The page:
In this whole matter the first and most important thing is that we take earnest heed not to enter on it trusting great might or in human reason, even though all power in the world were ours; for God cannot and will not suffer a good work to be begun with trust in our own power or reason. Such works He crushes ruthlessly to earth, as it (Ps. 33:16) is written in the xxiii Psalm, "There is no king saved by the multitude of an host: a mighty man is not delivered by much strength." On this account, I fear, it came to pass of old that the good Emperors Frederick I[8] and II[9] and many other German emperors were shamefully oppressed and trodden under foot by the popes, although all the world feared them. It may be that they relied on own might more than on God, and therefore they had to fall. In our own times, too, what was it that raised the bloodthirsty Julius II[10] to such heights? Nothing else, I fear, except that France, the Germans and Venice relied (Judges 20:21) upon themselves. The children of Benjamin slew 42,000 Israelites[11] because the latter relied on their own strength.

That it may not so fare with us and our noble young Emperor Charles, we must be sure that in this matter are dealing not with men, but with the princes of hell, who can fill the world with war and bloodshed, but whom war and bloodshed do not overcome. We must go at this work despairing of physical force and humbly trusting God; we must seek God's help with earnest prayer, and fix our minds on nothing else than the misery and distress of suffering Christendom, without regard to the deserts of evil men. Otherwise we may start the game with great prospect of success, but when we get well into it the evil spirits will stir up such confusion that the whole world will swim in blood, and yet nothing will come of it. Let us act wisely, therefore, and in the fear of God. The more force we use, the greater our disaster if we do not act humbly and in God's fear. The popes and the Romans have hitherto been able, by the devil's help, to set kings at odds with one another, and they may well be able to do it again, if we proceed by our own might and cunning, without God's help.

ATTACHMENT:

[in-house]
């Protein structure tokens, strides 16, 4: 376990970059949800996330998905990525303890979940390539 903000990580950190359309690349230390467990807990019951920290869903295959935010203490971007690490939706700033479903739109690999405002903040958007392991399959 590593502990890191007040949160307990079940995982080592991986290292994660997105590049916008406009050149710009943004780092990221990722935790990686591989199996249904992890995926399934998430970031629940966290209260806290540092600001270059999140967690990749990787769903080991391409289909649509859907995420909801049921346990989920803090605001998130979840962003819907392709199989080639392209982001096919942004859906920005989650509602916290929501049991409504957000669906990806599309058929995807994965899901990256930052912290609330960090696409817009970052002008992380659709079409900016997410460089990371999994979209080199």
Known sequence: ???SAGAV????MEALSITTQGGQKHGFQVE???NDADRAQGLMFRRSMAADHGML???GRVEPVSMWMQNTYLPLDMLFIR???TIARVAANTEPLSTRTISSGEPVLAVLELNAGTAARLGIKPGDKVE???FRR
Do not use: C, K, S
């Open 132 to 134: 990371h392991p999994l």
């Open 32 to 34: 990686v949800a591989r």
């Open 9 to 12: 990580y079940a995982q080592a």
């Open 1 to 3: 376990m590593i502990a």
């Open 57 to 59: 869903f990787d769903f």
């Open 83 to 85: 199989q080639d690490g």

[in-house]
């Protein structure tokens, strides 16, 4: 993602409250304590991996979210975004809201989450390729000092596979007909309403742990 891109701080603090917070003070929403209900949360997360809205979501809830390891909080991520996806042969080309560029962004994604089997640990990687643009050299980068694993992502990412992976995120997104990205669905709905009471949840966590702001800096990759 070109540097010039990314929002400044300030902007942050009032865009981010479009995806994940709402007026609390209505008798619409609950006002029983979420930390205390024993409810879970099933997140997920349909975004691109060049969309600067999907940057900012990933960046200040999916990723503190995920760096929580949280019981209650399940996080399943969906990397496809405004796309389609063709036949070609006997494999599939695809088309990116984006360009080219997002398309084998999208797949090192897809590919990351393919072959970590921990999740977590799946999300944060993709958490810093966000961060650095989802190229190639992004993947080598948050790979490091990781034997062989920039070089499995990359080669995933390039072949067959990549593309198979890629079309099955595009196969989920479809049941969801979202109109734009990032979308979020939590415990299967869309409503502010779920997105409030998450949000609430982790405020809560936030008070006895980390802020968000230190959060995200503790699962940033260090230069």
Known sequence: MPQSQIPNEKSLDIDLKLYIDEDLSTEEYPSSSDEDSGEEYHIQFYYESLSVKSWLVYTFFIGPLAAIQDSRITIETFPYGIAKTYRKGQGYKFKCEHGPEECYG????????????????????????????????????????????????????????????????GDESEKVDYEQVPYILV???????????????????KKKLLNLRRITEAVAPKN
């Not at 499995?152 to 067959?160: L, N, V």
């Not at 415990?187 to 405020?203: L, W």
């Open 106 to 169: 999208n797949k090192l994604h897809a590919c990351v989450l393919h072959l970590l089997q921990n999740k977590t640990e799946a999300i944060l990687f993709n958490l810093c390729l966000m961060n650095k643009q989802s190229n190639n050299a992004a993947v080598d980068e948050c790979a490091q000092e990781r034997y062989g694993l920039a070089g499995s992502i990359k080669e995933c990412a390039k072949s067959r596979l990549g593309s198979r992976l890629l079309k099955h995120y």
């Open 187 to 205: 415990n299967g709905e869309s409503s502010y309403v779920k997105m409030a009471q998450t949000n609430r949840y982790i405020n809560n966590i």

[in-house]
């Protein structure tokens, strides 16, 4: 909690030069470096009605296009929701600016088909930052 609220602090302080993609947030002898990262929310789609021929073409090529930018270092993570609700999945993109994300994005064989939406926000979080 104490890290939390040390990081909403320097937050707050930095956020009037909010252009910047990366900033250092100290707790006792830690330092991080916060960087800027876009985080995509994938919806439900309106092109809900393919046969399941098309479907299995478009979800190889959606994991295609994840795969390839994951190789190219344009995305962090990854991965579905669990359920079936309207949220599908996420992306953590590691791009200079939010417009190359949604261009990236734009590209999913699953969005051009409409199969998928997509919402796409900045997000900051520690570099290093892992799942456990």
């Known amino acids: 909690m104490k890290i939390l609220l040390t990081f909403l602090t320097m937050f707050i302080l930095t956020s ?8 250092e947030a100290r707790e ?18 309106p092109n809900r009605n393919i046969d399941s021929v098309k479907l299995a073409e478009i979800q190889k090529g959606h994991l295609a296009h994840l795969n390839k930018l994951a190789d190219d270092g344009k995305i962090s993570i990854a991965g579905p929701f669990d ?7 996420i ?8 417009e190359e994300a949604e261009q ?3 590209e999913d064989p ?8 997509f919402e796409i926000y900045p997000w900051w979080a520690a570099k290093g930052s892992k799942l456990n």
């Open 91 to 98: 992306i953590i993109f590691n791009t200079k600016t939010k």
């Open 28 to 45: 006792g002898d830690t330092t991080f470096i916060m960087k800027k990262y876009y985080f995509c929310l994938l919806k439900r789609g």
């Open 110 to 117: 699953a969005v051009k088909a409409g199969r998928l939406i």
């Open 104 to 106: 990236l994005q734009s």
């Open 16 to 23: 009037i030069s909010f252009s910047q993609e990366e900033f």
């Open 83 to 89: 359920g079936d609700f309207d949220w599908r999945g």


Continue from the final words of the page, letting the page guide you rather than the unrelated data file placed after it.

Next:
[1] Unserm furnchmen nach. See Introduction, p.57.

[2] An ironical comparison of the monks' cowl and tonsure with the headgear of the jester.

[3] i.e., Which one turns out to be the real fool.

[4] The proverb ran, Monachus semper praesens, "a monk is always there." See WANDER, Deutsches Sprichworterlexicon, under Monch, No. 130.

[5] Evidently a reference to the Gravamina of the German Nation; See GEBHARDT, Die Grav. Der Deutschen Nation, Breslau, 1895.

[6] Councils of the Church, especially those of Constance (1414-18), and of Basel (1431-39).

[7] Charles V. was elected Emperor in 1519, when but twenty years of age. Hutten expresses his "hopes of good" from Charles in Vadiscus (BOCKING, IV, 156).

[8] Frederick Barbarossa (1152-1190).

[9] Frederick II (1212-1250), grandson of Barbarossa and last of the great Hobenstaufen Emperors. He died under excommunication.

[10] Pope Julius II (1503-1513). Notorious among the popes for his unscrupulous pursuit of political power, he was continually involved in war with one and another of the European powers over the possession of territories in Italy.

[11] Luther's recollection of the figures was faulty.

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Rev. Robert E. Smith
Walther Library
Concordia Theological Seminary.